Maria Kyamulabye – Community Manager Technical Talent at Andela

By on June 11, 2019, in Africa, Interviews

Meet Maria Kyamulabye, Community Manager Technical Talent at Andela, a company building distributed engineering teams with Africa’s top software engineers.

What role does technology play in your everyday life?

I would say that I am a digital hybrid. I had the privilege of getting access to a  computer from a really young age, so I have always been fascinated by how computers and machines in general work. My initial fascination with programming started when I managed to hack the home PC such that I could play super mario. It was the moment that solidified that technology can work for you — versus you working for it. Because of my work at Andela and as a social entrepreneur, I am typically accessible.

I make it a point-to-point all technologies down such that I do other things that I love such as DIY Craft projects, gardening and spending personal time with family and friends.

Tell us a bit about your journey? How did you get to where you are now?

At 17, I started out my entrepreneurial track selling plantain at the local market. It is during this experience that I realized there were a lot of young people struggling for basic needs like me. Only ten minutes from Uganda’s largest university, most of the youth around that market were unemployed and illiterate.

I was incredibly disheartened by what I saw around me every day but also driven to be part of the solution. I joined a nearby NGO as a volunteer, and since 2008, I have been working as a youth leader, community organizer, and advocate in the most vulnerable communities. Leveraging the power of technology as a computer scientist and a geek, and entrepreneurship to build the rights systems, models and ups killing people to create businesses, products and solutions for African problems.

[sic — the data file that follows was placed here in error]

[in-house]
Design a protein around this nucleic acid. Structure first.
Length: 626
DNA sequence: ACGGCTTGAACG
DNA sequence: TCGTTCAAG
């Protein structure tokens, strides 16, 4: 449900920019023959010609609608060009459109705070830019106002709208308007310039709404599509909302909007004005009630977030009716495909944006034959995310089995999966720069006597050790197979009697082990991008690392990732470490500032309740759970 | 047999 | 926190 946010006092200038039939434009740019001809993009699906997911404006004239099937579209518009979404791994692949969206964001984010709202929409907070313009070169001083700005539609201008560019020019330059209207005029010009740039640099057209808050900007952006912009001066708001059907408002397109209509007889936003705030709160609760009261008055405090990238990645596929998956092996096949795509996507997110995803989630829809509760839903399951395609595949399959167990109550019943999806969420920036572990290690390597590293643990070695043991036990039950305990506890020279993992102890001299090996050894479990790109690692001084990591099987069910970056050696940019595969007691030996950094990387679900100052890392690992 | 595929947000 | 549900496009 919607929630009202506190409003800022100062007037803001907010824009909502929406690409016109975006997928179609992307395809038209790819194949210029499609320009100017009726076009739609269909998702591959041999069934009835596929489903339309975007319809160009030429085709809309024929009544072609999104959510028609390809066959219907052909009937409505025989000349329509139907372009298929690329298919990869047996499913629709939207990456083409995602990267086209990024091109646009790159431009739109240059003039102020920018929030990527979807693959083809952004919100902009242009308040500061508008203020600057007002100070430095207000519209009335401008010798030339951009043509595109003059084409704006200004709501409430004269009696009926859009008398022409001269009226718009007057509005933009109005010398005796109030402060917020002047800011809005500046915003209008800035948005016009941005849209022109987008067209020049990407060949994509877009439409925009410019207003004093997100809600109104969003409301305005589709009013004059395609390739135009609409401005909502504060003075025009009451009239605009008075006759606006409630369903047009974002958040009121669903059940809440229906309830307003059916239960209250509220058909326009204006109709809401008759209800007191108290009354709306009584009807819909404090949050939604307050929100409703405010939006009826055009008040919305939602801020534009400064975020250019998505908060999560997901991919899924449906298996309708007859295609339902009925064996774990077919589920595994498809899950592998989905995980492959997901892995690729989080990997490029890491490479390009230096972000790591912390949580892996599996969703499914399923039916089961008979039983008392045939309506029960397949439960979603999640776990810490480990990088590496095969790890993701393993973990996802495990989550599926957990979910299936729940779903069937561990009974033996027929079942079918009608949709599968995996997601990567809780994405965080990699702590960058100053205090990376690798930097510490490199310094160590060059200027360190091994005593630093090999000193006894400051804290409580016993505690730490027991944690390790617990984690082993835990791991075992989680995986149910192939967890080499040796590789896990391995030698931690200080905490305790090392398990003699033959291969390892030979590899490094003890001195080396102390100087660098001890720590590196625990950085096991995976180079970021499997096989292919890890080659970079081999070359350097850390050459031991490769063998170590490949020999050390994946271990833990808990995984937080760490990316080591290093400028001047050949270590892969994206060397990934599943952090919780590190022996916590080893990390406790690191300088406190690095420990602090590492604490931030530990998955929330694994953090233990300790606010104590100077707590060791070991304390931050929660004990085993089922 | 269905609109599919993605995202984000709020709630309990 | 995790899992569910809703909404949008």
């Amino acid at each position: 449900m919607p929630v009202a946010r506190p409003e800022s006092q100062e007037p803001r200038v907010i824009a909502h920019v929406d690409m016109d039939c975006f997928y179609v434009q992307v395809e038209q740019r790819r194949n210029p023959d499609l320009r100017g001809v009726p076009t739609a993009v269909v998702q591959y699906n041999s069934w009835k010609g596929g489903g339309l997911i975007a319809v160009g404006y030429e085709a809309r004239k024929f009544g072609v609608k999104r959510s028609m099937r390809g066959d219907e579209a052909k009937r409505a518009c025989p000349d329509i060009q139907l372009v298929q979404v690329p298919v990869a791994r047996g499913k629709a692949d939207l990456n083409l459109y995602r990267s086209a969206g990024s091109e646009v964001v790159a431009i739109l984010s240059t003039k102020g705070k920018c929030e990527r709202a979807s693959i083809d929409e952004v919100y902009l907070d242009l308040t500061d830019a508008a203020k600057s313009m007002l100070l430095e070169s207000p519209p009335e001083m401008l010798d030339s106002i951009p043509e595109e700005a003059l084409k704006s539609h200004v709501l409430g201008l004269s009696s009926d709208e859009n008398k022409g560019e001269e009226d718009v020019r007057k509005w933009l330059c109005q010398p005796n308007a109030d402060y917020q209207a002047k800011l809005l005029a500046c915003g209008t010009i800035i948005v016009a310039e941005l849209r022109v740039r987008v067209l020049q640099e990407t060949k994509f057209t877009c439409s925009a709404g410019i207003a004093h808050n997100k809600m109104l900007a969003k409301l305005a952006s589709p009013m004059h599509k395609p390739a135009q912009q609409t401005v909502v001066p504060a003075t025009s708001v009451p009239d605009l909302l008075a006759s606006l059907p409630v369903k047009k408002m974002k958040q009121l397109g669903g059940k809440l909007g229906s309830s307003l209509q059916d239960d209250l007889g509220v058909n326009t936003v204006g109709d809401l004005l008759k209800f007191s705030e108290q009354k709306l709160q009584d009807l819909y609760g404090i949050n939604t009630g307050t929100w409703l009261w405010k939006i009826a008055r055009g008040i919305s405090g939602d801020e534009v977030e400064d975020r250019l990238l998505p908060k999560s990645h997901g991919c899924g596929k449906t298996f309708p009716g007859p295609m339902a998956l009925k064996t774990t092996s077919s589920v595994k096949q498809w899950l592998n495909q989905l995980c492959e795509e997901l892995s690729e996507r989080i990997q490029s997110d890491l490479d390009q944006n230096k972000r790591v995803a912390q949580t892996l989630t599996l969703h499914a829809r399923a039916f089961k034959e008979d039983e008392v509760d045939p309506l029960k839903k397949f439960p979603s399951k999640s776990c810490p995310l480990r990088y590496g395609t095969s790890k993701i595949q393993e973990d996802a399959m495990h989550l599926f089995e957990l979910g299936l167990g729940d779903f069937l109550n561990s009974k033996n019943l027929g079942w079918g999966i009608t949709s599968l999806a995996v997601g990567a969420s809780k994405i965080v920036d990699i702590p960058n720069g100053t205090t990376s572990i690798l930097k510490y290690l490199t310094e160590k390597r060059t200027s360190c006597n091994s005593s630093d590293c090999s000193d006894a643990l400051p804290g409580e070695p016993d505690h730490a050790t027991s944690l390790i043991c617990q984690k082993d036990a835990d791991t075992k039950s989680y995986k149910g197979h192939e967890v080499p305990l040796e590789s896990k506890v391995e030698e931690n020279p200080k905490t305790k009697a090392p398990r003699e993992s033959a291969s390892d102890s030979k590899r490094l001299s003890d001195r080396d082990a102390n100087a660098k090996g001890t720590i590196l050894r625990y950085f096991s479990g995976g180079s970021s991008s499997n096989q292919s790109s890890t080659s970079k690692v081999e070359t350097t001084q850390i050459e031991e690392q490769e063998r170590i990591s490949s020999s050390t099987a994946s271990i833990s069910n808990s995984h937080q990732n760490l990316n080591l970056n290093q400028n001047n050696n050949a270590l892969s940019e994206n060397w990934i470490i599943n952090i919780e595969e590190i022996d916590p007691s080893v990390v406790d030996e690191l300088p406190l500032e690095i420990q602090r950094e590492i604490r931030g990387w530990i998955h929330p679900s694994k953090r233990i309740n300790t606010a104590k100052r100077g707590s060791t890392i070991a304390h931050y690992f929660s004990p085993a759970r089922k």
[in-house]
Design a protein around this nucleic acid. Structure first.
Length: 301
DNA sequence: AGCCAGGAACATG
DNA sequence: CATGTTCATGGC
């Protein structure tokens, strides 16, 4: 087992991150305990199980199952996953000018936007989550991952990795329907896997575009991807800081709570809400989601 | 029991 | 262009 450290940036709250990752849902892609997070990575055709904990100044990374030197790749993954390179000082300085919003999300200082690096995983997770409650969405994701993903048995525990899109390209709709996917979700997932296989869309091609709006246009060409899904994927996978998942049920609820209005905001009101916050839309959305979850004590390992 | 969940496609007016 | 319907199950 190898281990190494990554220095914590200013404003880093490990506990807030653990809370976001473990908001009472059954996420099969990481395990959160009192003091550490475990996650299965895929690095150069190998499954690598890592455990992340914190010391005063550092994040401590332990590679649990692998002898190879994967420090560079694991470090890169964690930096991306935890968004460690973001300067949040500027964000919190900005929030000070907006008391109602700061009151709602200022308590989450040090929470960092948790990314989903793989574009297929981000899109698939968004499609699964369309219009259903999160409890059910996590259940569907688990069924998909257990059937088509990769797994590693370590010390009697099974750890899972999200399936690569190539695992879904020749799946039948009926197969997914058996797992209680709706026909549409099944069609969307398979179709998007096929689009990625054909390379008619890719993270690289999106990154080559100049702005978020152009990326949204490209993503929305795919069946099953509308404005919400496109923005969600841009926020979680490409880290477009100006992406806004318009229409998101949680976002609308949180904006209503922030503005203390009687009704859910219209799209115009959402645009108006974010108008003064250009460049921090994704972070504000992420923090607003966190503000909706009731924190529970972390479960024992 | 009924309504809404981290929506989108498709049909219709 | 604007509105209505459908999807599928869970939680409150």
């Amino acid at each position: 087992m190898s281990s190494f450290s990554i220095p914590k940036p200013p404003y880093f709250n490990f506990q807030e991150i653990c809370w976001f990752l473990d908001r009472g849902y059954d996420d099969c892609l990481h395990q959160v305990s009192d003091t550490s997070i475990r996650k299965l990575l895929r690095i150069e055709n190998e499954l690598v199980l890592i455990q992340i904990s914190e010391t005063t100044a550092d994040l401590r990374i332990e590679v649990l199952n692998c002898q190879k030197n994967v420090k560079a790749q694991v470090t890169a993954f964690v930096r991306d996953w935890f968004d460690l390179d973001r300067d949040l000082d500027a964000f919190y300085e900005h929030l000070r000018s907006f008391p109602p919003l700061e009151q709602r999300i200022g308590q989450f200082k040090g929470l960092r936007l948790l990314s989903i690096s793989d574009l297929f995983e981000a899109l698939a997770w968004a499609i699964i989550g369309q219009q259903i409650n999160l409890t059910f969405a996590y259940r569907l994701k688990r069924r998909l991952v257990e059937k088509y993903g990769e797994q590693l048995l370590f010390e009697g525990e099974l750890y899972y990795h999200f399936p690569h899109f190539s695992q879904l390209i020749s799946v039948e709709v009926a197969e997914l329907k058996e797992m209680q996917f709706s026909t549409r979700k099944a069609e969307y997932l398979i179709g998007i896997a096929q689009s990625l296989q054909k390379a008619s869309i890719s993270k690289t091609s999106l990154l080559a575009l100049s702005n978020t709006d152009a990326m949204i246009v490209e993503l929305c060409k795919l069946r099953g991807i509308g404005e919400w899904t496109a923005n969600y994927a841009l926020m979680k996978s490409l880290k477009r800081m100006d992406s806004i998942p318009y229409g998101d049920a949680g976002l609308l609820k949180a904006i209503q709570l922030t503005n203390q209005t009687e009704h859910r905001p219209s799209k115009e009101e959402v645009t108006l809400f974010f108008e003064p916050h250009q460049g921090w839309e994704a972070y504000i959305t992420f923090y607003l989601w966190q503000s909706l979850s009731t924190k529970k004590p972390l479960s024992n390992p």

I have worked in over 25 districts in Uganda where I have supported over 3,000 businesses as a mentor and business trainer leading and growing initiatives like the Innovation Village Hub and the Village Health Teams. Globally, l have also led and supported initiatives like Black Girls Code in South Africa, Rwanda, Ghana including volunteering with global organizations such as the Africa Entrepreneurship Award.

With over 80% of the Ugandan population living in a rural setting and most under the poverty line, there is still more work to be done. My goal is to scale my impact and enable other organizations to scale their impact, which I have started in Uganda through programs like Women Tech Leadership.

My role at  Andela  is responsible for the growth of technical talent by defining community building and engagement strategies for the region, in partnership with other organizations and institutions within the ecosystem. Through programs such as women in technology, university level up, I lead the talent development upskill initiatives and recruitment of all the aspiring technologists to Andela Uganda. This has led to over 200 youth accessing global markets and full-time employment in less than two years of operations. This is a combination of the passion for system building and talent development.

What and who were the influencers of who you are today?

My role model is actually my older sister. My family struggled a lot financially in the past and I saw her thinking creatively and leading in an enterprising way to ensure that we are supported. She has also from then established herself growing businesses and assets and leaving an inheritance for her children. This showed me against typical expectations of a Ugandan woman that women can chart their own destinies and also thrive as mothers and business leaders.

What is the hardest lesson you have learned as a founder and woman in tech?

Uganda has just started to appreciate the power of technology and its effects in everyday life. There are plenty of opportunities for innovation and growth in every sector looking to harness technology as a tool. This has been two fold, organizations trusting a Ugandan woman do to the job and ensuring that ugandan women are ready with the right skills.